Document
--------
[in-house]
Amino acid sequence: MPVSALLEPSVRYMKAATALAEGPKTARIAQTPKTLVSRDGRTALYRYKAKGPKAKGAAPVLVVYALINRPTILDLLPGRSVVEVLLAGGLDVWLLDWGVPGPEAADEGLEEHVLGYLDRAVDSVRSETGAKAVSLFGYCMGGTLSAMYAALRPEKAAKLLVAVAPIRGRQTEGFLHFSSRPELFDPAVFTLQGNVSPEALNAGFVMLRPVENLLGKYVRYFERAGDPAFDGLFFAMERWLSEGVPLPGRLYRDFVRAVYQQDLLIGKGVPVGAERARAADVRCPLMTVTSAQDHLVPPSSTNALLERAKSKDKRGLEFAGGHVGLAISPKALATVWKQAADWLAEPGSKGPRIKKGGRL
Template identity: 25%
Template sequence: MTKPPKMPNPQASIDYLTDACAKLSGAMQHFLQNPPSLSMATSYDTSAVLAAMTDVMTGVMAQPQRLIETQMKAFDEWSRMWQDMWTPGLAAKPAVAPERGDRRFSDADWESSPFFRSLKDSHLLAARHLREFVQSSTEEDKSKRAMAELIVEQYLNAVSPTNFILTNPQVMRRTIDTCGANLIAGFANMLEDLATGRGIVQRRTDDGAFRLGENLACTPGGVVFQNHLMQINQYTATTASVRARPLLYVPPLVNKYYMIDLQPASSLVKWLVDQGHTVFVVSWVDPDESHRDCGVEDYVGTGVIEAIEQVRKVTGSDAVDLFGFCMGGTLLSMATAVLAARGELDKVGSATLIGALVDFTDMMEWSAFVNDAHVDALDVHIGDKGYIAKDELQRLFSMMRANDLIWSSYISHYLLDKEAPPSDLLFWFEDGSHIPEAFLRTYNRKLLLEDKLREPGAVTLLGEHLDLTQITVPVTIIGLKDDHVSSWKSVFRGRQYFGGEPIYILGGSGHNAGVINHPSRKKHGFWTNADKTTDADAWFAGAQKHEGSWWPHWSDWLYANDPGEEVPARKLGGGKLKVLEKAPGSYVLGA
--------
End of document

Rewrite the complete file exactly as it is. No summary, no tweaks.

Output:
[in-house]
Amino acid sequence: MPVSALLEPSVRYMKAATALAEGPKTARIAQTPKTLVSRDGRTALYRYKAKGPKAKGAAPVLVVYALINRPTILDLLPGRSVVEVLLAGGLDVWLLDWGVPGPEAADEGLEEHVLGYLDRAVDSVRSETGAKAVSLFGYCMGGTLSAMYAALRPEKAAKLLVAVAPIRGRQTEGFLHFSSRPELFDPAVFTLQGNVSPEALNAGFVMLRPVENLLGKYVRYFERAGDPAFDGLFFAMERWLSEGVPLPGRLYRDFVRAVYQQDLLIGKGVPVGAERARAADVRCPLMTVTSAQDHLVPPSSTNALLERAKSKDKRGLEFAGGHVGLAISPKALATVWKQAADWLAEPGSKGPRIKKGGRL
Template identity: 25%
Template sequence: MTKPPKMPNPQASIDYLTDACAKLSGAMQHFLQNPPSLSMATSYDTSAVLAAMTDVMTGVMAQPQRLIETQMKAFDEWSRMWQDMWTPGLAAKPAVAPERGDRRFSDADWESSPFFRSLKDSHLLAARHLREFVQSSTEEDKSKRAMAELIVEQYLNAVSPTNFILTNPQVMRRTIDTCGANLIAGFANMLEDLATGRGIVQRRTDDGAFRLGENLACTPGGVVFQNHLMQINQYTATTASVRARPLLYVPPLVNKYYMIDLQPASSLVKWLVDQGHTVFVVSWVDPDESHRDCGVEDYVGTGVIEAIEQVRKVTGSDAVDLFGFCMGGTLLSMATAVLAARGELDKVGSATLIGALVDFTDMMEWSAFVNDAHVDALDVHIGDKGYIAKDELQRLFSMMRANDLIWSSYISHYLLDKEAPPSDLLFWFEDGSHIPEAFLRTYNRKLLLEDKLREPGAVTLLGEHLDLTQITVPVTIIGLKDDHVSSWKSVFRGRQYFGGEPIYILGGSGHNAGVINHPSRKKHGFWTNADKTTDADAWFAGAQKHEGSWWPHWSDWLYANDPGEEVPARKLGGGKLKVLEKAPGSYVLGA